To get here, you have probably ran the demonstration of the vowel discrimination experiment. If not, please try it and come back when you are done.
The stimuli employed were seven evenly spaced vowels on a /é/-/è/ continuum. Click on the following links to listen to them again (your system must support either sun's .au format or microsoft's .wav format).
For the "different" pairs, we used s1-s3, s2-s4, s3-s5, s4-s6 and s5-s7 (in both orders).
For each of those pairs, the percentage of correct "different" responses gives a measure of how psychologically distinct the two member stimuli are.
The "real" experiment assessed the influence of the native language of the listener on his/her perception of these contrasts. 20 Catalan speakers and 20 Spanish speakers participated in the experiment.
Spanish language uses only one /é/ vowel, which roughly corresponds to s4.au; whereas Catalan distinguishes between two types of /é/: one which sounds more like s2.au, and one which sounds more like s6.au.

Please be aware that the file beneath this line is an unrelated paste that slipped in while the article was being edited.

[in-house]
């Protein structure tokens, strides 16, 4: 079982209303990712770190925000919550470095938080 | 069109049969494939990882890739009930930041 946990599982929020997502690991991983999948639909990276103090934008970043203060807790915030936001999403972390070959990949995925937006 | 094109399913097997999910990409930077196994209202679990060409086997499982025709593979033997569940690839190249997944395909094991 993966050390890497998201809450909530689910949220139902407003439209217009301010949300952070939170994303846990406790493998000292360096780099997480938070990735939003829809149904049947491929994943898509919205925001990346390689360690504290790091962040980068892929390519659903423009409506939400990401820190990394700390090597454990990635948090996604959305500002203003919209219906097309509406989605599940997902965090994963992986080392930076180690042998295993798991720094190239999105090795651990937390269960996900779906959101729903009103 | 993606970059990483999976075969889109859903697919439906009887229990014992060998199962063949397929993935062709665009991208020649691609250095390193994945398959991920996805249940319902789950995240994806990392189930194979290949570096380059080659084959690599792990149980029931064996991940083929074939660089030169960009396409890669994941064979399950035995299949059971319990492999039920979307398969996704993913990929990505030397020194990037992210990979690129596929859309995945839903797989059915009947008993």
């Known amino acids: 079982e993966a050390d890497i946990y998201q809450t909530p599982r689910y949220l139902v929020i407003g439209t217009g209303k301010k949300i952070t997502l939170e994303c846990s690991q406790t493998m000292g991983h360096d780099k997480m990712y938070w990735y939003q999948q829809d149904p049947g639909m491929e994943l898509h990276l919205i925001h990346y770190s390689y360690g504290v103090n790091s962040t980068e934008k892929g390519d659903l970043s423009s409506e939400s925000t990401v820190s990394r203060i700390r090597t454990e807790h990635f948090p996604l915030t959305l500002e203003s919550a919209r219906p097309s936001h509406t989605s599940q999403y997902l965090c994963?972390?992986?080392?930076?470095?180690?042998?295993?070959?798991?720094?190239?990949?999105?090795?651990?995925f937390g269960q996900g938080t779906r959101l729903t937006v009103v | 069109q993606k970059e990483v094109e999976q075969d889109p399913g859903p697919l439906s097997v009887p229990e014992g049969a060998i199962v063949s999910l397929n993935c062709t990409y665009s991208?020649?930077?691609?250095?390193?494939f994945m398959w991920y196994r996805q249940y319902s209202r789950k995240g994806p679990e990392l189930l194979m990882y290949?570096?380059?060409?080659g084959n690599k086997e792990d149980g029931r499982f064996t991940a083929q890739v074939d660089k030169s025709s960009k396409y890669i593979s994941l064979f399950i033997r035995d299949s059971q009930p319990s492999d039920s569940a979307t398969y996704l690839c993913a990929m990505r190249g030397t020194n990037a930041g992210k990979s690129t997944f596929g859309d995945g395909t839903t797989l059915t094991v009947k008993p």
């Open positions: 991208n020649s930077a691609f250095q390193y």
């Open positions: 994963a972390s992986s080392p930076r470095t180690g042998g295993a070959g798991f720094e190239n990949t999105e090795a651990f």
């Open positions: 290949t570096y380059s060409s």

Our prediction was that the discrimination should be enhanced for Catalan speakers when the two stimuli in a pair belong to the two different categories, that is roughly in the middle of the continuum. This is indeed what we observed:
Now, this is not news: it has been know for some times that the that native language influence perception of speech sounds (e.g. cf Sapir, Language, 1921).
What I did not tell you however, is that all the "Spanish" subjects were in fact highly fluent Catalan-Spanish bilinguals. Indeed, they were born in Barcelona and have been exposed extensively to Catalan since they were 4-6 years old. What our study shows is that even such an early exposure to a second language is not enough to master its sound system.
To know more about these experiments, you can send me an email and I will send back you a draft.